“Only for your own protection. Your father is an important man. But going back to your troubles, what are these? Do I have reason to worry?”

“Oh, not really serious stuff. Just a lot of teasing from my classmates. They’re bullies. There’s this one group who make me miserable. They make fun of my nose, my hair. They call me a teacher’s pet. What’s wrong with bring sweet cakes for our professors? I usually shrug them off even when they mimic my voice. But I found a way to get back at them. I hid one of the professor’s examination answer sheets in their leader’s bag. Ha! They got into trouble because of that. Serves them right,” Beleau replied smugly, losing control over her mouth.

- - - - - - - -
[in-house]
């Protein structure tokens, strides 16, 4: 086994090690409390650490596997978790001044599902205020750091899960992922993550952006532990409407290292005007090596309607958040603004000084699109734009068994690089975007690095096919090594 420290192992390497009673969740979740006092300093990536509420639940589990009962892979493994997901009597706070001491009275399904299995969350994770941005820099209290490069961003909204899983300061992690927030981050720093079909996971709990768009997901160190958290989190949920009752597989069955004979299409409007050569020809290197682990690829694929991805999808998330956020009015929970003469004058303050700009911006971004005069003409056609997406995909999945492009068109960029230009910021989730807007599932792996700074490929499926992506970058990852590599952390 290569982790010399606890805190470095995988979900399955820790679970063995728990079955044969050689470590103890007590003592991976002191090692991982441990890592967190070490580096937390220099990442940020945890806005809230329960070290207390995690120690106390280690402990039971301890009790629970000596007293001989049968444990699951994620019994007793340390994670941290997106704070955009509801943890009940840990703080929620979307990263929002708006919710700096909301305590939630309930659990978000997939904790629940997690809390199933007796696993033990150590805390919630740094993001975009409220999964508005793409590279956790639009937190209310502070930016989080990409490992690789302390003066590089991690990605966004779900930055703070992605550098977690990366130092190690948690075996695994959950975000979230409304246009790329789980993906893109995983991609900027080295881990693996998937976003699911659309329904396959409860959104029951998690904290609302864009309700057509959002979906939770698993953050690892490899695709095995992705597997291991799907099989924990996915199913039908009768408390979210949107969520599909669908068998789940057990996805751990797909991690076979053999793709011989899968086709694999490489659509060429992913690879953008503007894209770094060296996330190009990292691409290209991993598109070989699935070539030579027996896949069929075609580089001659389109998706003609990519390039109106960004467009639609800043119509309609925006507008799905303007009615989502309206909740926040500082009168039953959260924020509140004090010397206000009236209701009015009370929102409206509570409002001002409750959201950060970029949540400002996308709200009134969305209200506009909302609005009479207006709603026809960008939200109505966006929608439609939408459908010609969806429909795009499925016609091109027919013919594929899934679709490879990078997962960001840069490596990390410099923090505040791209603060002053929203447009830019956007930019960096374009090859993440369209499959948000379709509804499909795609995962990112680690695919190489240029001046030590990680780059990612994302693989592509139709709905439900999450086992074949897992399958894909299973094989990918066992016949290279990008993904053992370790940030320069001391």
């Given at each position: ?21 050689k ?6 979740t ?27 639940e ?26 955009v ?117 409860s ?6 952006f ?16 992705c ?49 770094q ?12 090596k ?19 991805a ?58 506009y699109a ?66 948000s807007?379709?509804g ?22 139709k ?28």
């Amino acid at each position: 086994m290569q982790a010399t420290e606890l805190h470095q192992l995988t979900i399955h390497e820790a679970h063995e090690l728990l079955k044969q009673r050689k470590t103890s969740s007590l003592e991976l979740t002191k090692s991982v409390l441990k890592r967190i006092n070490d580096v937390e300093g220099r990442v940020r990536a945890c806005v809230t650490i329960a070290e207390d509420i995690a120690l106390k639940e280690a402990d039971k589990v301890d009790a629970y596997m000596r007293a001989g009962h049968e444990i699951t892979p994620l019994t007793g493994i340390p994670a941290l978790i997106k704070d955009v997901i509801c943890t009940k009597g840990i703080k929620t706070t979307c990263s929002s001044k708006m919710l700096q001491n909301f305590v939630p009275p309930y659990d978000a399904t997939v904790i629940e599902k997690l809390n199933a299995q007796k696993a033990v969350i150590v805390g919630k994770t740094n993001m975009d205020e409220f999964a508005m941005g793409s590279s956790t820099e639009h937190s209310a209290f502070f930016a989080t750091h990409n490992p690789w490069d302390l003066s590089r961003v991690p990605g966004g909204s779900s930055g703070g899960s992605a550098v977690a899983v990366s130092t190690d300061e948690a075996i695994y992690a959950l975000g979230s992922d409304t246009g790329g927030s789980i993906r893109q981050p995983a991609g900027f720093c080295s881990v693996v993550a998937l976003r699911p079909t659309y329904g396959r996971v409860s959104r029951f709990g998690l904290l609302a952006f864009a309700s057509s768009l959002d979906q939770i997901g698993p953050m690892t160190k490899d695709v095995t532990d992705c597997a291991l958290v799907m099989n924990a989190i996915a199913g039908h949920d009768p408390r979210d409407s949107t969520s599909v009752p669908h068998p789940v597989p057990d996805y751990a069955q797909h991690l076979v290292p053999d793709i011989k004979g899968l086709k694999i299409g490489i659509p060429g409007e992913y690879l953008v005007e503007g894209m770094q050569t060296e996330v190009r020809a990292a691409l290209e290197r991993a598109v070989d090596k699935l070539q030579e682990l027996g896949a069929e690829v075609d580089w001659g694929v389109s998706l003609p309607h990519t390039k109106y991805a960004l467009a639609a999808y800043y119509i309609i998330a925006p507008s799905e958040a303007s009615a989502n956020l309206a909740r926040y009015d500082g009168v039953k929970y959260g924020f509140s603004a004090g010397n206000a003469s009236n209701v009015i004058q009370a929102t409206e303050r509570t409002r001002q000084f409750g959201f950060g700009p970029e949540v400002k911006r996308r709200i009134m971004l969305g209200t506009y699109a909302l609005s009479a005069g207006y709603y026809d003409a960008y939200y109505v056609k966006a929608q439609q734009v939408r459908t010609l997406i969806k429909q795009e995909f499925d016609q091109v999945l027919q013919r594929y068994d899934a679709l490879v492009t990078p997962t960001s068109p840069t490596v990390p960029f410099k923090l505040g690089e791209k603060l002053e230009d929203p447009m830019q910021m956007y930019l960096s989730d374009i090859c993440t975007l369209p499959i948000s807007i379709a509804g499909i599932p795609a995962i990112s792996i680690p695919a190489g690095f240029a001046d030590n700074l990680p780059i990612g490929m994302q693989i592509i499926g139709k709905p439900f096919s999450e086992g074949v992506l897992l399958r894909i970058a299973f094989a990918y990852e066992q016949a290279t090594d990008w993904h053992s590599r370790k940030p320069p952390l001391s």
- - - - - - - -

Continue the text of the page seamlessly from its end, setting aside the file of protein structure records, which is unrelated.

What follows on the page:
“Beleau! How could you do such a thing! That is stooping so low. I didn’t raise you up to be like that!” her father’s voice rose up to a level she had never heard before, much louder than how he was earlier.

“But..but.. they have been so mean to me. Really mean, Father. There have been times I did not want to go to school anymore. Except that I remember I have promises to keep.”


“Like when I promised Madame Brightchild that I would bring her our family’s special apple pie.”

“Oh, those kinds of promises. Did I teach you that?”

“No, is it wrong?”

“Well, we faeries really are excellent cooks. So I can truly understand why our family’s apple pie should be craved for even by your teachers. So why not use it to our advantage?” beamed her father, distracted by this discovery about his daughter.

“I got into a fight the previous day with a classmate. She drew on my wings. So I snipped off part of her hair.” She heard her father gasp. “Just the edges, Father. I didn’t want to go to class after that. But I remembered I told Madame that she’ll have a taste of our apple pie. So I went to school.”